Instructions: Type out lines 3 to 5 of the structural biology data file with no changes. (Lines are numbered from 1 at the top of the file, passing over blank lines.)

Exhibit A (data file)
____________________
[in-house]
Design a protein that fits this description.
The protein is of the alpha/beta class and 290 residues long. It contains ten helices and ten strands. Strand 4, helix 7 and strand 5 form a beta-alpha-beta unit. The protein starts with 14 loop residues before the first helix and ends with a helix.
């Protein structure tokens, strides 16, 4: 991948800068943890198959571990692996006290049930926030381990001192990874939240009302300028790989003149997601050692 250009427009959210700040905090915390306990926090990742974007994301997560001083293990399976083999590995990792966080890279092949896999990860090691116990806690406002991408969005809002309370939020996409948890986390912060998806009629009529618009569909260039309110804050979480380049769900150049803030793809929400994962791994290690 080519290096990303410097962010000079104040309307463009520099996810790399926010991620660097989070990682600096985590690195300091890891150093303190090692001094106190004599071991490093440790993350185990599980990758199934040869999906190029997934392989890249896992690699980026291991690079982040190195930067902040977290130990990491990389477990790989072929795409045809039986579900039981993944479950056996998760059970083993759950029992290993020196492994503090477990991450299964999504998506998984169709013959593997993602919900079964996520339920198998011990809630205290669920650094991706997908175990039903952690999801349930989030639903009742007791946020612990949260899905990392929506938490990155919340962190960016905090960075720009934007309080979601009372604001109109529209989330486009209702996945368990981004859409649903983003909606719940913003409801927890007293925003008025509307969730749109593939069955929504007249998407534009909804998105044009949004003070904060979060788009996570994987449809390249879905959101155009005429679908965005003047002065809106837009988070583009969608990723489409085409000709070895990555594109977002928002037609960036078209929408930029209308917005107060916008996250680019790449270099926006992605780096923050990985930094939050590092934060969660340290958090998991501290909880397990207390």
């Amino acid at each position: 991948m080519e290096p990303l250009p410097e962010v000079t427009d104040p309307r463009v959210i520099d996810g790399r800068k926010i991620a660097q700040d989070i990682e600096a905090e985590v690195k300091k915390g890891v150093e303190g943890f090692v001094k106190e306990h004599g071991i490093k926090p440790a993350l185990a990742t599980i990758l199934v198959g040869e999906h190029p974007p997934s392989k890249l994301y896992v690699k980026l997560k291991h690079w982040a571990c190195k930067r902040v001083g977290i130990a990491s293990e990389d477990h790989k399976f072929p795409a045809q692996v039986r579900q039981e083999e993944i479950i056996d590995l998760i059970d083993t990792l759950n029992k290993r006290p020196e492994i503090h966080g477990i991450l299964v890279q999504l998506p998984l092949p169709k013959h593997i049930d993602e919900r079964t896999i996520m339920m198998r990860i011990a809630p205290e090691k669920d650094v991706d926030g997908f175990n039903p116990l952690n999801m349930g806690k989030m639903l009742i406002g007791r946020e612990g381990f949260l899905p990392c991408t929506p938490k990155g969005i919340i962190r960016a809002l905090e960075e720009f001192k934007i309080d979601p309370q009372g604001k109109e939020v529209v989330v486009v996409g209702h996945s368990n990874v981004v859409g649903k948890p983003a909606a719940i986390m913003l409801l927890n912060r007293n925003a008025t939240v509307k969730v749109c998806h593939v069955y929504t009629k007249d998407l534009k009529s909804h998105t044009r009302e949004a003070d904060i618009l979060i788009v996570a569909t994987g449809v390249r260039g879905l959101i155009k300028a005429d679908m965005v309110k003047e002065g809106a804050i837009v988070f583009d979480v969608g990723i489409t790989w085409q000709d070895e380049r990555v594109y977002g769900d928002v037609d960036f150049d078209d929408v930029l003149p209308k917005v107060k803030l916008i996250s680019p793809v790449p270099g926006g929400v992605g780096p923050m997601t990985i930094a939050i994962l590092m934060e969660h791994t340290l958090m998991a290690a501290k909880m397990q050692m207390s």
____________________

The protein is of the alpha/beta class and 290 residues long. It contains ten helices and ten strands. Strand 4, helix 7 and strand 5 form a beta-alpha-beta unit. The protein starts with 14 loop residues before the first helix and ends with a helix.
């Protein structure tokens, strides 16, 4: 991948800068943890198959571990692996006290049930926030381990001192990874939240009302300028790989003149997601050692 250009427009959210700040905090915390306990926090990742974007994301997560001083293990399976083999590995990792966080890279092949896999990860090691116990806690406002991408969005809002309370939020996409948890986390912060998806009629009529618009569909260039309110804050979480380049769900150049803030793809929400994962791994290690 080519290096990303410097962010000079104040309307463009520099996810790399926010991620660097989070990682600096985590690195300091890891150093303190090692001094106190004599071991490093440790993350185990599980990758199934040869999906190029997934392989890249896992690699980026291991690079982040190195930067902040977290130990990491990389477990790989072929795409045809039986579900039981993944479950056996998760059970083993759950029992290993020196492994503090477990991450299964999504998506998984169709013959593997993602919900079964996520339920198998011990809630205290669920650094991706997908175990039903952690999801349930989030639903009742007791946020612990949260899905990392929506938490990155919340962190960016905090960075720009934007309080979601009372604001109109529209989330486009209702996945368990981004859409649903983003909606719940913003409801927890007293925003008025509307969730749109593939069955929504007249998407534009909804998105044009949004003070904060979060788009996570994987449809390249879905959101155009005429679908965005003047002065809106837009988070583009969608990723489409085409000709070895990555594109977002928002037609960036078209929408930029209308917005107060916008996250680019790449270099926006992605780096923050990985930094939050590092934060969660340290958090998991501290909880397990207390």
């Amino acid at each position: 991948m080519e290096p990303l250009p410097e962010v000079t427009d104040p309307r463009v959210i520099d996810g790399r800068k926010i991620a660097q700040d989070i990682e600096a905090e985590v690195k300091k915390g890891v150093e303190g943890f090692v001094k106190e306990h004599g071991i490093k926090p440790a993350l185990a990742t599980i990758l199934v198959g040869e999906h190029p974007p997934s392989k890249l994301y896992v690699k980026l997560k291991h690079w982040a571990c190195k930067r902040v001083g977290i130990a990491s293990e990389d477990h790989k399976f072929p795409a045809q692996v039986r579900q039981e083999e993944i479950i056996d590995l998760i059970d083993t990792l759950n029992k290993r006290p020196e492994i503090h966080g477990i991450l299964v890279q999504l998506p998984l092949p169709k013959h593997i049930d993602e919900r079964t896999i996520m339920m198998r990860i011990a809630p205290e090691k669920d650094v991706d926030g997908f175990n039903p116990l952690n999801m349930g806690k989030m639903l009742i406002g007791r946020e612990g381990f949260l899905p990392c991408t929506p938490k990155g969005i919340i962190r960016a809002l905090e960075e720009f001192k934007i309080d979601p309370q009372g604001k109109e939020v529209v989330v486009v996409g209702h996945s368990n990874v981004v859409g649903k948890p983003a909606a719940i986390m913003l409801l927890n912060r007293n925003a008025t939240v509307k969730v749109c998806h593939v069955y929504t009629k007249d998407l534009k009529s909804h998105t044009r009302e949004a003070d904060i618009l979060i788009v996570a569909t994987g449809v390249r260039g879905l959101i155009k300028a005429d679908m965005v309110k003047e002065g809106a804050i837009v988070f583009d979480v969608g990723i489409t790989w085409q000709d070895e380049r990555v594109y977002g769900d928002v037609d960036f150049d078209d929408v930029l003149p209308k917005v107060k803030l916008i996250s680019p793809v790449p270099g926006g929400v992605g780096p923050m997601t990985i930094a939050i994962l590092m934060e969660h791994t340290l958090m998991a290690a501290k909880m397990q050692m207390s």